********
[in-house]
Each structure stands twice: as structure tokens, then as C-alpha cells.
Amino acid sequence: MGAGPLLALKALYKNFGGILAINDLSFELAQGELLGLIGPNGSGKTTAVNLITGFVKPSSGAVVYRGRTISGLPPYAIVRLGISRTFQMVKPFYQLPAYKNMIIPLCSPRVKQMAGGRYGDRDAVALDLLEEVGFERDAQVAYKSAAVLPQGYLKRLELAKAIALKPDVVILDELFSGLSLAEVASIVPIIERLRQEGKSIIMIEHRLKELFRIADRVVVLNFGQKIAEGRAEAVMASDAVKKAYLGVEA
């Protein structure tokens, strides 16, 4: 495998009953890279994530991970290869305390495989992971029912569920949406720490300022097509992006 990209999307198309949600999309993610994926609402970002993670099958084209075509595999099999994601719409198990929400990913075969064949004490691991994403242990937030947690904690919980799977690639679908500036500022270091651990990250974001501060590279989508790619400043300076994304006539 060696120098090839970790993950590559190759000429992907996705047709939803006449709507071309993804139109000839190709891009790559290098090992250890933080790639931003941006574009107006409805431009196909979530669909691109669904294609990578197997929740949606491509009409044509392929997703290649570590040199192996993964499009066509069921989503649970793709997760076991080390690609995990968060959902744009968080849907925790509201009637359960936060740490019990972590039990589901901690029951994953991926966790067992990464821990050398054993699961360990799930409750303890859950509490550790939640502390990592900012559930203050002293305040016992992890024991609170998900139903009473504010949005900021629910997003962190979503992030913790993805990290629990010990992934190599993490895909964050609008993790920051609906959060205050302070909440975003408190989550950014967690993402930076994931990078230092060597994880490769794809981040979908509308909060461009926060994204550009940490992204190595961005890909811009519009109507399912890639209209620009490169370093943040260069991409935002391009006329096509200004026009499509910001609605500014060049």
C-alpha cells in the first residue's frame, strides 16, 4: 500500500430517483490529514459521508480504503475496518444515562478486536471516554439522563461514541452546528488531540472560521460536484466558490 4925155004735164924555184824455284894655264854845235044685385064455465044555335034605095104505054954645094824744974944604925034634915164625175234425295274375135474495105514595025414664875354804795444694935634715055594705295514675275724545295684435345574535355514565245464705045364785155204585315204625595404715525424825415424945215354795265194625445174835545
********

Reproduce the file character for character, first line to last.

[in-house]
Each structure stands twice: as structure tokens, then as C-alpha cells.
Amino acid sequence: MGAGPLLALKALYKNFGGILAINDLSFELAQGELLGLIGPNGSGKTTAVNLITGFVKPSSGAVVYRGRTISGLPPYAIVRLGISRTFQMVKPFYQLPAYKNMIIPLCSPRVKQMAGGRYGDRDAVALDLLEEVGFERDAQVAYKSAAVLPQGYLKRLELAKAIALKPDVVILDELFSGLSLAEVASIVPIIERLRQEGKSIIMIEHRLKELFRIADRVVVLNFGQKIAEGRAEAVMASDAVKKAYLGVEA
């Protein structure tokens, strides 16, 4: 495998009953890279994530991970290869305390495989992971029912569920949406720490300022097509992006 990209999307198309949600999309993610994926609402970002993670099958084209075509595999099999994601719409198990929400990913075969064949004490691991994403242990937030947690904690919980799977690639679908500036500022270091651990990250974001501060590279989508790619400043300076994304006539 060696120098090839970790993950590559190759000429992907996705047709939803006449709507071309993804139109000839190709891009790559290098090992250890933080790639931003941006574009107006409805431009196909979530669909691109669904294609990578197997929740949606491509009409044509392929997703290649570590040199192996993964499009066509069921989503649970793709997760076991080390690609995990968060959902744009968080849907925790509201009637359960936060740490019990972590039990589901901690029951994953991926966790067992990464821990050398054993699961360990799930409750303890859950509490550790939640502390990592900012559930203050002293305040016992992890024991609170998900139903009473504010949005900021629910997003962190979503992030913790993805990290629990010990992934190599993490895909964050609008993790920051609906959060205050302070909440975003408190989550950014967690993402930076994931990078230092060597994880490769794809981040979908509308909060461009926060994204550009940490992204190595961005890909811009519009109507399912890639209209620009490169370093943040260069991409935002391009006329096509200004026009499509910001609605500014060049």
C-alpha cells in the first residue's frame, strides 16, 4: 500500500430517483490529514459521508480504503475496518444515562478486536471516554439522563461514541452546528488531540472560521460536484466558490 4925155004735164924555184824455284894655264854845235044685385064455465044555335034605095104505054954645094824744974944604925034634915164625175234425295274375135474495105514595025414664875354804795444694935634715055594705295514675275724545295684435345574535355514565245464705045364785155204585315204625595404715525424825415424945215354795265194625445174835545